I am just proud of what I have learned by myself. The day 1 lesson is very basic and good thing I am done and over with it. Its all about understanding the characters, vowel, consonants, some rules in writing and pronunciation. Exactly the same context in my Elementary Korean Book. Looking at my recent entries, I have gone this far and decided to have formal schooling just now. I don’t regret enrolling this late because it somehow gives me advantage to digest the lecture more than just worrying on understanding the characters.
My fellow students were sighing and were really having a hard time with the characters and pronunciation. I am truly looking forward with the succeeding lessons. There are 4 courses and this is just 1 of the 4 so I am wondering if after completing the entire course — I can be just like my teacher who is not even a Korean but could fluently speak and write well in Korean.
2007년 8월 31일
한글 has few consonants compared to the English alphabet. I have been reading phrase books in the past few months and it seems they are true to their claim that almost every sound that an English word have can be written in 한글.
Here are the first few consonants that I learned while doing self study. The order may not be correct (similar to how we have been singing a-b-c)
Of these characters ㅁㄴㅋㅌㅊㅍ are the less tricky in terms of reading. The sound produced by these characters are written next to it ㅁ(m) ㄴ (n) ㅋ(k) ㅌ (t) ㅊ (ch) ㅍ (p).
The rest have certain variation in pronunciation, i have encountered such in studying some phrases and words. Take the case of ㅂ (the sound is between ‘p’ and ‘b’). In some cases this letter is pronounced as ‘m’. For example in the phrase:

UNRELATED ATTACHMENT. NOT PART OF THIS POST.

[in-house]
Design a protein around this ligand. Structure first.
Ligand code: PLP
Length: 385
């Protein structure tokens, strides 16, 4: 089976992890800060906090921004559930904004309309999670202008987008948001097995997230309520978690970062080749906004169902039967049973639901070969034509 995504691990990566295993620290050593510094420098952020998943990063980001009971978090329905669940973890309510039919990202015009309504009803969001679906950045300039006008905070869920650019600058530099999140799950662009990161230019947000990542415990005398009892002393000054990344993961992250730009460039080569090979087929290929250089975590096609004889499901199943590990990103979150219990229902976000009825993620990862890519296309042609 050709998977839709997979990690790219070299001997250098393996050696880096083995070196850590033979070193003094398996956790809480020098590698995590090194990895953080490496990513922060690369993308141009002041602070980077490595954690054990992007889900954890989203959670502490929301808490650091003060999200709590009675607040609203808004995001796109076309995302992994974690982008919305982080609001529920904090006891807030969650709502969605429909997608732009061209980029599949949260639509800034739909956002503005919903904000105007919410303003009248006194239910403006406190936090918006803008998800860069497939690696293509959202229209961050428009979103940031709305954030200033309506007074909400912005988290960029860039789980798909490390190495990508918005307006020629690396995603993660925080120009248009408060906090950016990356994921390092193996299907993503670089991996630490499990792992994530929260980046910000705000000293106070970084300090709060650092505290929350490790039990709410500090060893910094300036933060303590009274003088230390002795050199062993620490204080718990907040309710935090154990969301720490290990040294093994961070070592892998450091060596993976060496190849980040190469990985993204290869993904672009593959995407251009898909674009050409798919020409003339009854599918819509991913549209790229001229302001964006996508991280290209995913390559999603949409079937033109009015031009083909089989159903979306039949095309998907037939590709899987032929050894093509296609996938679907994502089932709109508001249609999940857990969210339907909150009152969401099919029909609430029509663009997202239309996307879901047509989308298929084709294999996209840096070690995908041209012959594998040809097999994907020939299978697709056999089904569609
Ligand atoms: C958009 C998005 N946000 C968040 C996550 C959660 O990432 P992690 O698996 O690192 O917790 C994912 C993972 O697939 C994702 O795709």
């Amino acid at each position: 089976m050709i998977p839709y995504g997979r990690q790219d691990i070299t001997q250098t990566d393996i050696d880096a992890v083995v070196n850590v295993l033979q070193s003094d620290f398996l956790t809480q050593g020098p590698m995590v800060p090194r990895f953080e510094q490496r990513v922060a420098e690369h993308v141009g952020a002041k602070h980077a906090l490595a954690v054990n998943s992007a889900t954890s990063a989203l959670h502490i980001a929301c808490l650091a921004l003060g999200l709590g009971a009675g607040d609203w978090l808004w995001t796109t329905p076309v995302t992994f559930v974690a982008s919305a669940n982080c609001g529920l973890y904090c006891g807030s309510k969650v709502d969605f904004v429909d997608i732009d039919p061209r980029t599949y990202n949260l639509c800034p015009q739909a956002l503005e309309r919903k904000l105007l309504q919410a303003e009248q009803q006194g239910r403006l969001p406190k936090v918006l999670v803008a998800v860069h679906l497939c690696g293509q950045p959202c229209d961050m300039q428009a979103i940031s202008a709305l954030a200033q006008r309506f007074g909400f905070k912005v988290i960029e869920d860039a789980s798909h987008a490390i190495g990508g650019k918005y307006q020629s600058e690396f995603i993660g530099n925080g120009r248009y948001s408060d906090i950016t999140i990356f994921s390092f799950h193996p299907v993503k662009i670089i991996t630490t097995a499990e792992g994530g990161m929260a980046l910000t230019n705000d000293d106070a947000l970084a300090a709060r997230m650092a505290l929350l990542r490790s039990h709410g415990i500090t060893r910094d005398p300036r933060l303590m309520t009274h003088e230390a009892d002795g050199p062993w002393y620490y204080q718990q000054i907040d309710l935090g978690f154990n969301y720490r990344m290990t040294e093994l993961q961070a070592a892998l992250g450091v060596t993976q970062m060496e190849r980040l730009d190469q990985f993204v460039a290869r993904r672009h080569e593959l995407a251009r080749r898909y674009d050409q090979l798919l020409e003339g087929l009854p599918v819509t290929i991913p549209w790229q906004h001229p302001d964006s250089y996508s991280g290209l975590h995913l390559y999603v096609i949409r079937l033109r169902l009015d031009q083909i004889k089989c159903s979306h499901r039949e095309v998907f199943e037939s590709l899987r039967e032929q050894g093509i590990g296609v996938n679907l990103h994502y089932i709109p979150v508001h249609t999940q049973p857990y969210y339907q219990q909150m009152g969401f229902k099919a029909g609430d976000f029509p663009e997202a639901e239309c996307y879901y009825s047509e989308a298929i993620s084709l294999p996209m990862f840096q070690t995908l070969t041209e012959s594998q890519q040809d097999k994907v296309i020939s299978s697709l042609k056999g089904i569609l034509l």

만나서 반갑습니다 (man-a-so pan-gap-sum-ni-da) which translates as ‘Nice to meet you’, instead of pangapsupnida it is pronounced as pangapsumnida. ㅂ takes the ‘p’ sound rather than the ‘b’.
ㅈ is usually ‘j’ when pronounced as in ‘July’ but in some cases the sound is ‘ch’ as in ‘cherish’. Like the word 잘 which means good or well in English, ㅈ is more of ‘j’ rathen than ‘ch’. ㅈ sounds like ch in these samples:
- 집 (chip) means house
- 좀 (chom) means please
- 제발 (chebal) means please or appointment
2007년 8월 30일
The following characters are also considered as vowel in 한글, the sound is very similar to the ‘y’ sound which is a consonant in the alphabet:
ㅑ (ya) as in yak
ㅕ (yo) as in yolk
ㅛ (yaw) as in yawn
ㅒ(yae) close to yale
ㅖ(ye) as in yesterday
ㅠ (yoo) as in yultide
In my advance reading, there is a concept of postpositioning in words when using in a sentence. This is when a a character is added in a word to properly identify it as subject or object in a sentence. The character to be added depends on the final character of the word if consonant or vowel. So it’s important that these characters be remembered as vowel.
Word for the day is 어머니 (o-mo-ni) . This is how you call mothers in Korea.
In most Korean books I read, the characters are discussed only after the common phrases are introduced. There may be a scientific explanation about this. When I gained interest in learning Hangul, I immediately checked on the characters and its near equivalent to the alphabet. Most books say you need to hear how the words are pronounced by native Korean speakers <this is another tough task–to find a native speaker> . I must say I have memorized the characters at least the basic ones.
ㅏ (a) as in ant
ㅓ (eo) as hot
ㅗ (aw) as in toe
ㅜ (oo) as in loop
ㅡ (u) short uh sound as in put
ㅣ (i) as in feet
ㅐ (ae) as in apple
ㅔ (e) as in pet
There are other vowels aside from these. In fact they have more vowels than consonants. From my readings words seemed to be formed by sound.
Word for the day starts with the ㅏ sound. 아버지 (a-beo-ji) means father. Note that the word actually starts with the ㅇ character which is actually classified as consonant in Hangul. When i was doing initial self study I learned that the pattern per block is Consonant-Vowel-Consonant (C-V-C) and in some cases could be C-V-C-C. I noticed that if the word has to start with a vowel sound, ㅇ is present. Then I learned that this character is actually silent in terms of pronunciation and will only have a sound if its used as final consonant in a word. In such cases ㅇ becomes ‘ng’ in sound such as the word 사랑 (sa-rang) then C-V-C pattern still applies.